for the stories on the recording One Little Candle: Participation Stories and Songs for Hanukkah
All the stories and songs on this tape were originally intended for use with audience participation. These notes are to help "reconstitute" the participation from the recorded versions.
In general, audiences can be encouraged to sing along with the songs, and clap or patsch (clap hands on legs) with the rhythmic chants. For participation ideas for individual stories & songs, read on.
One Little Candle
Have eight children volunteer to help lead the song. Each memorizes one candle's "line." Point to the child whose line of the song comes next.
Create join-in movements for each of the eight candles (for example, pretend to unroll a Torah scroll for "a Jewish candle," pretend to put two candles in a menorah for "in a menorah," etc.).
The Shammes Candle
Precede the story with making new verses about Hanukkah symbols: "On Hanukkah, the darkest night (3x), we need a ______ to do things right." What things do you need to have on Hanukkah to make it seem like Hanukkah? (e.g., a dreydl, etc.)
Add movements to the song. During the verse about the dreydl, repeatedly pretend to spin a dreydl with thumb and forefingers; during the verse about Hanukkah coins, pretend to rub a coin - or be a coin - etc.
I Want to Spread the Word
Join in with the noises for the water, rose, and candle.
Invite volunteers to act out the parts of the four messengers, the water, the rose, and the candle, and even the demon.
Make up verses before or after the story about what things in the world give you hope. Most things can make sense in this song if you use one of the verbs "grows," "flows," "glows," "shows," "arose" or "goes." For example, if an audience member said that sunlight gives her hope, the appropriate line of the song can be changed to "til all creation knows, wherever sunlight shows, a miracle has occurred...."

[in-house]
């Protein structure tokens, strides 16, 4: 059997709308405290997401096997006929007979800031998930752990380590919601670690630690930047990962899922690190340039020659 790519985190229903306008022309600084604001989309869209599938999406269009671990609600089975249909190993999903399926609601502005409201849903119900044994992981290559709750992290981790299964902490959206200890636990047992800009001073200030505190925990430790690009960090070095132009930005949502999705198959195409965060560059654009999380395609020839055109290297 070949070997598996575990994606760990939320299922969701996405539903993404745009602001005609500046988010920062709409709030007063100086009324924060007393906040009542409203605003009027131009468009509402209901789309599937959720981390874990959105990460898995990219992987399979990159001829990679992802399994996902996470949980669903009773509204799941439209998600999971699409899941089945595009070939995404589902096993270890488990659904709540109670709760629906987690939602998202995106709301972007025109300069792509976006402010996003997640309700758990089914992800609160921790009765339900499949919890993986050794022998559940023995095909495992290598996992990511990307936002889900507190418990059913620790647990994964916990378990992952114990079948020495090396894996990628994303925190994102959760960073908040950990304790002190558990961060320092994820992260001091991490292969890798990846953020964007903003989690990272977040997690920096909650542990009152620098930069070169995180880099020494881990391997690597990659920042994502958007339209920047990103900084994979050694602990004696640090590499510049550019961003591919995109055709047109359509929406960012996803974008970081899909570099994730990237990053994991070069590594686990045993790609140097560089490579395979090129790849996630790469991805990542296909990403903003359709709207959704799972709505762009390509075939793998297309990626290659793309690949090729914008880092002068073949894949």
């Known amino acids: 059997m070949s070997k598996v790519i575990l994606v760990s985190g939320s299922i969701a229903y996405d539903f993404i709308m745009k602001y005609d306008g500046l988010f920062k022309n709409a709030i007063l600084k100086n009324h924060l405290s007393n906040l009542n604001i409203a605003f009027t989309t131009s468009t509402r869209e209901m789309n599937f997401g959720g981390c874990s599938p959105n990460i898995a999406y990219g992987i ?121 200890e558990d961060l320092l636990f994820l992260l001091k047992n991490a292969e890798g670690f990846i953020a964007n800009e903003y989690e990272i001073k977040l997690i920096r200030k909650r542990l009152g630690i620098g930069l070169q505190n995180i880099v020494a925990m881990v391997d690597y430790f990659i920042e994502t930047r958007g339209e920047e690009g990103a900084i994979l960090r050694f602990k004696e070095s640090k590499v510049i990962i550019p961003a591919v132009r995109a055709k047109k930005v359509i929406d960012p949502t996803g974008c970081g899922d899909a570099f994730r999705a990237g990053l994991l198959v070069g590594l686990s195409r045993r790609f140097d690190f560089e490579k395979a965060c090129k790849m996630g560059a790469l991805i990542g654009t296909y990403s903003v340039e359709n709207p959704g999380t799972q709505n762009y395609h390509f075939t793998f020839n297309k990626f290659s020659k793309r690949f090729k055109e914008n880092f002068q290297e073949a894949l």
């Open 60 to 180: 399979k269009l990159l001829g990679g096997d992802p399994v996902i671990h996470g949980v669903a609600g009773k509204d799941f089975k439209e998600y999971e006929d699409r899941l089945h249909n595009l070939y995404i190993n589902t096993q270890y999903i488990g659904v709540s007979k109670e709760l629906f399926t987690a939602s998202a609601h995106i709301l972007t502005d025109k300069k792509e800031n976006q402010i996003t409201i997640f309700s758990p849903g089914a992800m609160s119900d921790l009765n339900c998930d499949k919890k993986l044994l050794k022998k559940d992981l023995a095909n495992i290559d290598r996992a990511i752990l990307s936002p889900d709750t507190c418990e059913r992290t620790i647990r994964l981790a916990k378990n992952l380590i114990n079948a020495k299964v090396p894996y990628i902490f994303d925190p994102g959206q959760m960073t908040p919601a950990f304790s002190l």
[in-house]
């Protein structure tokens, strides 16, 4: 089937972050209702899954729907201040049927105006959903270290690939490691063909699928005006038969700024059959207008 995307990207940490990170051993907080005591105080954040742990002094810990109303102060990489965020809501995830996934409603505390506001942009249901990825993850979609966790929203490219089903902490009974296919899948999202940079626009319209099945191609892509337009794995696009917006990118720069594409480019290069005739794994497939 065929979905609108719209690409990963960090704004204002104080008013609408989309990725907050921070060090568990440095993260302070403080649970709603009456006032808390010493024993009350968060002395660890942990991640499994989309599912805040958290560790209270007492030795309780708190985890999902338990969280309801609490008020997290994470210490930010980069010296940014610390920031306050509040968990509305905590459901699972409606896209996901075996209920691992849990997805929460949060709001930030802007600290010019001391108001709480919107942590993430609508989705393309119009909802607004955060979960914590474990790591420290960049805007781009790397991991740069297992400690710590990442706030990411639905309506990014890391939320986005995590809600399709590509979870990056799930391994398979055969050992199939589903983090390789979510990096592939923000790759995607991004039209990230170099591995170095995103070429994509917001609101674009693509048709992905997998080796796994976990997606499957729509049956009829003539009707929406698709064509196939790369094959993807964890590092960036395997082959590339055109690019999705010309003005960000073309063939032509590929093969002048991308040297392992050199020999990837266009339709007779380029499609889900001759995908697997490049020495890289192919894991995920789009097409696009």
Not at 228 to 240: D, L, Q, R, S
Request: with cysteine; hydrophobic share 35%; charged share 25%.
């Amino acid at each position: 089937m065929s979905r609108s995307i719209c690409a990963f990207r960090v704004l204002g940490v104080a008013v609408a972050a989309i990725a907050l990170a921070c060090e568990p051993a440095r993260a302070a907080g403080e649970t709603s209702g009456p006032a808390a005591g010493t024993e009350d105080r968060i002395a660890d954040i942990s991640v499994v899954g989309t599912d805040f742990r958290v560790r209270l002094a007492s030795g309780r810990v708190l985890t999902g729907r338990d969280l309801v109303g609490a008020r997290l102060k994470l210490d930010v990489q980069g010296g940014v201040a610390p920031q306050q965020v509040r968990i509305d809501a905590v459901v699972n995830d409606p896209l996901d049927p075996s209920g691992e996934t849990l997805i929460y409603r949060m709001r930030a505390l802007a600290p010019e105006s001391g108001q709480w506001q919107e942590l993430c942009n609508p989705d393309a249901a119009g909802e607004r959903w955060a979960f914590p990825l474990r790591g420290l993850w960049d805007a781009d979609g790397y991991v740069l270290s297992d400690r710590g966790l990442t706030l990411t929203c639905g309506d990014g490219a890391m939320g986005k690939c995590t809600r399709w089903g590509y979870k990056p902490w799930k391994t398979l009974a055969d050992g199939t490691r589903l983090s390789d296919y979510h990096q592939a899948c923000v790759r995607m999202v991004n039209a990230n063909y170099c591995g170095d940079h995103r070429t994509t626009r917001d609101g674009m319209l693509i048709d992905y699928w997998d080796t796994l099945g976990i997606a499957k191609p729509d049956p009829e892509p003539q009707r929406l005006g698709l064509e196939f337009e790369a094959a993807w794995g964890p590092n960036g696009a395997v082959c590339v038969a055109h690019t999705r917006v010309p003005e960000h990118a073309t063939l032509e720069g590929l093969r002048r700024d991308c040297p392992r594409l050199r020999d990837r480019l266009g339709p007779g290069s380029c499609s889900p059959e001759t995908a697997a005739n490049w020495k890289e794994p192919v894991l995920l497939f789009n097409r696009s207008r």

The Light is Shining Inside Me
Sing the response, "The light is shining inside me."
Sing the echo after the slow lines (e.g., leader sings, "Proud to be a Jew," and audience echoes, "Proud to be a Jew.")
Hold up the number of fingers for each lamp.
Make movements for each lamp (e.g., mime "guard my Temple door").
Add movements to the songs, or ask your audience to add movements.
For each night of Hanukkah after the first, have your audience make up verses about what the girl buys.
Have children volunteer to be the Hanukkah candles for each night. Optionally, each "candle" can have the job of remembering what the girl did with her coin that night. As an additional option, have those children repeat what she bought during the second half of the story. E.g., "Now, on the second night of Hanukkah, you bought a _____ (second 'candle' fills in the word), but the smile kept on going...."
Give each "worker" a movement. The lumber merchant can pretend to saw, the blacksmith to work a bellows, etc. All join in.
Choose children to act out the parts of the six workers. I set up eight chairs on stage. In front of each chair, I sit the eight "candles," whom I choose one at a time as I narrate each night of Hanukkah. Then, when the grandmother tells her long story, I choose a child to be the lumber-merchant's son, who sits in the first chair. A little later in her story, I choose another to be the lumber merchant, who sits in the second chair, etc. The eighth chair can be filled by a child representing the little girl herself.
I'm Gonna Light My Menorah
Divide the audience into four groups. Have an additional group join in singing on each line of the chorus.
Make up verses about ways you feel inadequate to the tasks in your life: "Sometimes I feel I'm not brave enough, not strong enough, not kind enough; sometimes I feel I'm not brave enough, but miracles can't happen 'til I try."